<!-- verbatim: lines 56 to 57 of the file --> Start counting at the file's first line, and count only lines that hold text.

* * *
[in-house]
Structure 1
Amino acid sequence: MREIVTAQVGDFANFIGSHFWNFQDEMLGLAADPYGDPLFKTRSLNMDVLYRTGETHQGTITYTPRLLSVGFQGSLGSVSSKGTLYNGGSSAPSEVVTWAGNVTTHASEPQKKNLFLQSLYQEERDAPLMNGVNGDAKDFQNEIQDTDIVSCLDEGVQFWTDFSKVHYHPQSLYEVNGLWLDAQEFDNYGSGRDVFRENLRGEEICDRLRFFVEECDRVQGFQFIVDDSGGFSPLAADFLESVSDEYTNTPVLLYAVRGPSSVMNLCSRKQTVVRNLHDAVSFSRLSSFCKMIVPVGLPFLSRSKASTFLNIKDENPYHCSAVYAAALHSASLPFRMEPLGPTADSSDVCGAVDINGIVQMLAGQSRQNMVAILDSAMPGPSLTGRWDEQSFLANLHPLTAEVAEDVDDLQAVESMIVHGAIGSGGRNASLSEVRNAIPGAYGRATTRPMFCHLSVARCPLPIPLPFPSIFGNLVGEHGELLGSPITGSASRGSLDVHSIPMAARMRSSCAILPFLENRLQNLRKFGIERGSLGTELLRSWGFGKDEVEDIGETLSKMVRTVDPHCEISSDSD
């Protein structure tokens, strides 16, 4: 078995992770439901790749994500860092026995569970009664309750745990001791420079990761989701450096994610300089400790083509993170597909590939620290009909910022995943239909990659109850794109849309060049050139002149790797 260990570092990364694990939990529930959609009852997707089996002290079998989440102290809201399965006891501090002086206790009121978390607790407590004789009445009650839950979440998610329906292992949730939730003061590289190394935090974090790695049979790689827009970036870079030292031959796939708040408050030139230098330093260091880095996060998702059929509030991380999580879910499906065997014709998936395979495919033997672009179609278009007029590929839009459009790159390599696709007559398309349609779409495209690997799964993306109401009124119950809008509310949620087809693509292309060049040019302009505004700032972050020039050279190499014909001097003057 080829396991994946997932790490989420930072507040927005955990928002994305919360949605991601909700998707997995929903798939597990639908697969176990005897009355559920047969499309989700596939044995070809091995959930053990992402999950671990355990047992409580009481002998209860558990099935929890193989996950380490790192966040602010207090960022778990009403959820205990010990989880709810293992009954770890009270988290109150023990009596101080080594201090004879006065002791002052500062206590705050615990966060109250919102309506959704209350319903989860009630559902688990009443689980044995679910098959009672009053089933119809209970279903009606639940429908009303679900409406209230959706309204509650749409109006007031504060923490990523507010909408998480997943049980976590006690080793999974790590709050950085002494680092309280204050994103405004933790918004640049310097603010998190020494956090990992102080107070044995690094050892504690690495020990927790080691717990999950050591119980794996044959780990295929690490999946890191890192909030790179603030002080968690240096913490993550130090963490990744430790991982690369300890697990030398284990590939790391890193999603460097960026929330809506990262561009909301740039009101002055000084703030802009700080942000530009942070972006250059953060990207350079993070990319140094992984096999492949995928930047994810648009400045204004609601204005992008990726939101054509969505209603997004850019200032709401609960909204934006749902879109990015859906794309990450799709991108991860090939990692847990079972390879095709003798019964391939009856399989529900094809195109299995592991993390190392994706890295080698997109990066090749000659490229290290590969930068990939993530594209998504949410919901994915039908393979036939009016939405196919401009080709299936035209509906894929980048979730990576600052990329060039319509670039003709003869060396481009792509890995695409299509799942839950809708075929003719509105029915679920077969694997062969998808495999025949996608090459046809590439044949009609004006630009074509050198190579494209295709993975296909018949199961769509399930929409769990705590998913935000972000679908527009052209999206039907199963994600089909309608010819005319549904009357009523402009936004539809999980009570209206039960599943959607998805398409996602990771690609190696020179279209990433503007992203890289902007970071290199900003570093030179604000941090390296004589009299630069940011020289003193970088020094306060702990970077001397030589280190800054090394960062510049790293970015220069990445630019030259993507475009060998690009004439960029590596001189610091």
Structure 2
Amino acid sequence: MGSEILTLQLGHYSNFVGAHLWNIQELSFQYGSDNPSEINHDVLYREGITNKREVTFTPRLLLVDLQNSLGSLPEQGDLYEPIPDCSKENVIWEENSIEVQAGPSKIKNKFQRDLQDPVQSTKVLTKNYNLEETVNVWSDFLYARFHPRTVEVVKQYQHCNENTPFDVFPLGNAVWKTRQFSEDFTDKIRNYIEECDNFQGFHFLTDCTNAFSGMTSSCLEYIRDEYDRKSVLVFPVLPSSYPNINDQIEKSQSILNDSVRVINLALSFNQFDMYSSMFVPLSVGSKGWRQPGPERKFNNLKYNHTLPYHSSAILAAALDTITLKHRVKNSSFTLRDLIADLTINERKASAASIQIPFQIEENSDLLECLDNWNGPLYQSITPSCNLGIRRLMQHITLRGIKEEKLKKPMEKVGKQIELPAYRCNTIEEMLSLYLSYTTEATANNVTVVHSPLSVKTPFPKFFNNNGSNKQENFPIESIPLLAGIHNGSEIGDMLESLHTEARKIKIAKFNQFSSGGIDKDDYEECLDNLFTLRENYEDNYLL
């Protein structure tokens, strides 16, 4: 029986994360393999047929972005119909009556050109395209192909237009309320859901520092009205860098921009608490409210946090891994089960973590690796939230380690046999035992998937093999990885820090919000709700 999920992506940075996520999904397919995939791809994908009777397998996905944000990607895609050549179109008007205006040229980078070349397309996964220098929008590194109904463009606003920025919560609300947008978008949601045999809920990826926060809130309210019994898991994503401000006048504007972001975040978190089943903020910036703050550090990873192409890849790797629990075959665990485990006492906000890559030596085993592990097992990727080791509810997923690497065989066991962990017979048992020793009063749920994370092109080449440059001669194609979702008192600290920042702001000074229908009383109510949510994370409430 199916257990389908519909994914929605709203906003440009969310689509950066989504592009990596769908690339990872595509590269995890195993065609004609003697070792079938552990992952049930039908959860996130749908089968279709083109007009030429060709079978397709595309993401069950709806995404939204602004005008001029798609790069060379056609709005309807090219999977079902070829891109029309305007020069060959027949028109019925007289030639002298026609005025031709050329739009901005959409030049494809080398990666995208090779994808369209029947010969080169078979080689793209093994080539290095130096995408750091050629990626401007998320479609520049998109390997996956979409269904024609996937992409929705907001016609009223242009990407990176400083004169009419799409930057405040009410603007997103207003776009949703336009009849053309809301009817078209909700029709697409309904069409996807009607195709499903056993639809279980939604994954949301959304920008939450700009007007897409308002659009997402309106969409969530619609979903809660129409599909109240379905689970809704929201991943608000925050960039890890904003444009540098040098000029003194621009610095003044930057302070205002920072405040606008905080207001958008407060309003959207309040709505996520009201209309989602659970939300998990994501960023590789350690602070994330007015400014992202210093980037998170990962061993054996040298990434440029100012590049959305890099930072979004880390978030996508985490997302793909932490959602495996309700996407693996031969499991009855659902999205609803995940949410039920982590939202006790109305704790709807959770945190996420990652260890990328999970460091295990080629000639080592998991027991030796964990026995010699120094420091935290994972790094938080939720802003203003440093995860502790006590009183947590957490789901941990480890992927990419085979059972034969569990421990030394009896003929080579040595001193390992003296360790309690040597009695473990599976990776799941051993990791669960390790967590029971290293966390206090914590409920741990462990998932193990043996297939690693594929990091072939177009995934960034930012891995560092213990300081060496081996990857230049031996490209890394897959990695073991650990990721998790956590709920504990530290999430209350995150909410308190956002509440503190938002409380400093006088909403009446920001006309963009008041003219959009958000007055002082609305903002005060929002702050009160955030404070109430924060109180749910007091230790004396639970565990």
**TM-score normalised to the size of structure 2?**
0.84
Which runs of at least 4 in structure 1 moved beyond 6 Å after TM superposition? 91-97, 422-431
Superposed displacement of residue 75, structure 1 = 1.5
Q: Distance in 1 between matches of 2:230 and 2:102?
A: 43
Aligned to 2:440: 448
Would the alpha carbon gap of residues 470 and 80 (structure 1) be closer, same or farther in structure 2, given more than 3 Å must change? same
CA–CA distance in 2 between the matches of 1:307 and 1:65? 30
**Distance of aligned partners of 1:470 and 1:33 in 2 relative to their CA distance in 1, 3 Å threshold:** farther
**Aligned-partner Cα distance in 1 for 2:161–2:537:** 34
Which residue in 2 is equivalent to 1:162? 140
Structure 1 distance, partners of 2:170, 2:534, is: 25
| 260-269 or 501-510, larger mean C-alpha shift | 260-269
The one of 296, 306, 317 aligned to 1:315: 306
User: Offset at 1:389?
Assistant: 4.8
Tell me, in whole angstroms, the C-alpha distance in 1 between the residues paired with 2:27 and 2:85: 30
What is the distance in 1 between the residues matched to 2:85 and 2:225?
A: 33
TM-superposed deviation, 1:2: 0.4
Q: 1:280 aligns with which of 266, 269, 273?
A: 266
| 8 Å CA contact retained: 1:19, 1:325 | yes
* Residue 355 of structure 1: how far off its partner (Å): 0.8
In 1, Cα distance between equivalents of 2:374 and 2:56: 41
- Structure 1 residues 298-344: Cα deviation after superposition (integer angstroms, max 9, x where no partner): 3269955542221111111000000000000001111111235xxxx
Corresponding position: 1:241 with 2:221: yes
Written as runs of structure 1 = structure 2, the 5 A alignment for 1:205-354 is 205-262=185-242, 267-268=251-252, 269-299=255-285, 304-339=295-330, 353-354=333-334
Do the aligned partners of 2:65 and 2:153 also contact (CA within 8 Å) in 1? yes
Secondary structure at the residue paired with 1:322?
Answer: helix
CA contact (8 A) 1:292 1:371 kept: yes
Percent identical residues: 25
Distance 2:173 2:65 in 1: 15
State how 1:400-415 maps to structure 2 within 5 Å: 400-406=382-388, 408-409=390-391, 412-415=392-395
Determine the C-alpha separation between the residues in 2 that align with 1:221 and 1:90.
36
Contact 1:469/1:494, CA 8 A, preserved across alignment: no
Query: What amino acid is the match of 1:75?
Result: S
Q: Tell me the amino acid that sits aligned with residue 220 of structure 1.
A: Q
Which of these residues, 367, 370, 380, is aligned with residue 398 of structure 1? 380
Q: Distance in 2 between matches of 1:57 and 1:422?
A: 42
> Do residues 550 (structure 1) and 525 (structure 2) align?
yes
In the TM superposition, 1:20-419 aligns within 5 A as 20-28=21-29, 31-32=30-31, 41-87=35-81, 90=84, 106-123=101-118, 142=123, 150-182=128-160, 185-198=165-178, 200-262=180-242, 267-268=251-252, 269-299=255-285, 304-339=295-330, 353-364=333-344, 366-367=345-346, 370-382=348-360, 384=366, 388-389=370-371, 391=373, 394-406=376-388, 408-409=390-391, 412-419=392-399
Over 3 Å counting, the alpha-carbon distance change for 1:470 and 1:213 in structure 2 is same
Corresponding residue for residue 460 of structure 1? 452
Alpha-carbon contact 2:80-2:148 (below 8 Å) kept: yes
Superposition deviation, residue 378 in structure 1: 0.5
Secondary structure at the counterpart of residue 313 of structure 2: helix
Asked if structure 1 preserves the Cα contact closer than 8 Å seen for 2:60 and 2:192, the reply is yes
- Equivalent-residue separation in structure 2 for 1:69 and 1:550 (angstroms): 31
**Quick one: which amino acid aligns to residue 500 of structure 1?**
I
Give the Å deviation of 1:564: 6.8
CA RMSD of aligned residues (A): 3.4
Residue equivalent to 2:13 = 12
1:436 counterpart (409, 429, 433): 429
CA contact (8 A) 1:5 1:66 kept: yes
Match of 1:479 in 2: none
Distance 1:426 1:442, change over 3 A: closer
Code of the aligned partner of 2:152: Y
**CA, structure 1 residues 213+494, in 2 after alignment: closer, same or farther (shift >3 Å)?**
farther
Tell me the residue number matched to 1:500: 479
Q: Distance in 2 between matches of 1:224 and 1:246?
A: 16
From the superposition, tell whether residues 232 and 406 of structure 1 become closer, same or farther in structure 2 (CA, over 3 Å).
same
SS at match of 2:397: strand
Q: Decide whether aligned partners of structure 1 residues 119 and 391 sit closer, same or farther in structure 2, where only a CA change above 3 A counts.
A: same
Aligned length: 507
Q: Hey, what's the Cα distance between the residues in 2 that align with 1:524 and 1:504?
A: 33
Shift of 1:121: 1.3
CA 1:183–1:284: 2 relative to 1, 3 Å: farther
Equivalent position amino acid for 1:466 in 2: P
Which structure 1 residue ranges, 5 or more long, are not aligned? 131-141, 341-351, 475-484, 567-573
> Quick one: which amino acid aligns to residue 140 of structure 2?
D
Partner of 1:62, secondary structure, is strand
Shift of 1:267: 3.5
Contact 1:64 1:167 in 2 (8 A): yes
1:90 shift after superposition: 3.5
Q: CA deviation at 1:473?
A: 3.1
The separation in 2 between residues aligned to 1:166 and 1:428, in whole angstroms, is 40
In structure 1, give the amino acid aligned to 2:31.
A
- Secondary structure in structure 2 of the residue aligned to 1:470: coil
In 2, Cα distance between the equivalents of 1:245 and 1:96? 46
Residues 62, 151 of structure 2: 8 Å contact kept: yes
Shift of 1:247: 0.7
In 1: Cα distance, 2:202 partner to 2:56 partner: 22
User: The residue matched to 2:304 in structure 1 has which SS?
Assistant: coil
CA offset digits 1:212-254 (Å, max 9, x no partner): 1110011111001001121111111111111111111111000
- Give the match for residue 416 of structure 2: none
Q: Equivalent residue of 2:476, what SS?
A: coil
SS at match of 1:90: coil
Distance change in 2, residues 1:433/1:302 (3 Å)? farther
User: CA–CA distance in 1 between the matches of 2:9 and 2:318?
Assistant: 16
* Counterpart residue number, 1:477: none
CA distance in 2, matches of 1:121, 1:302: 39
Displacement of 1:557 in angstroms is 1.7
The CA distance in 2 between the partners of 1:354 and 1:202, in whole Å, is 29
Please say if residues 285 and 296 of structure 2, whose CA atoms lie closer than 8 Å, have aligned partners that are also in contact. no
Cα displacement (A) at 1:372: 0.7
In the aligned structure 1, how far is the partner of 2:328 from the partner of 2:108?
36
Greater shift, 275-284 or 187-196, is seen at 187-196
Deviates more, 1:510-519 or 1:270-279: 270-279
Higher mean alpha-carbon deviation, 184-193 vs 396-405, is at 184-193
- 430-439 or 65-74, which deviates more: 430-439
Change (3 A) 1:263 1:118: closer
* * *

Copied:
In the TM superposition, 1:20-419 aligns within 5 A as 20-28=21-29, 31-32=30-31, 41-87=35-81, 90=84, 106-123=101-118, 142=123, 150-182=128-160, 185-198=165-178, 200-262=180-242, 267-268=251-252, 269-299=255-285, 304-339=295-330, 353-364=333-344, 366-367=345-346, 370-382=348-360, 384=366, 388-389=370-371, 391=373, 394-406=376-388, 408-409=390-391, 412-419=392-399
Over 3 Å counting, the alpha-carbon distance change for 1:470 and 1:213 in structure 2 is same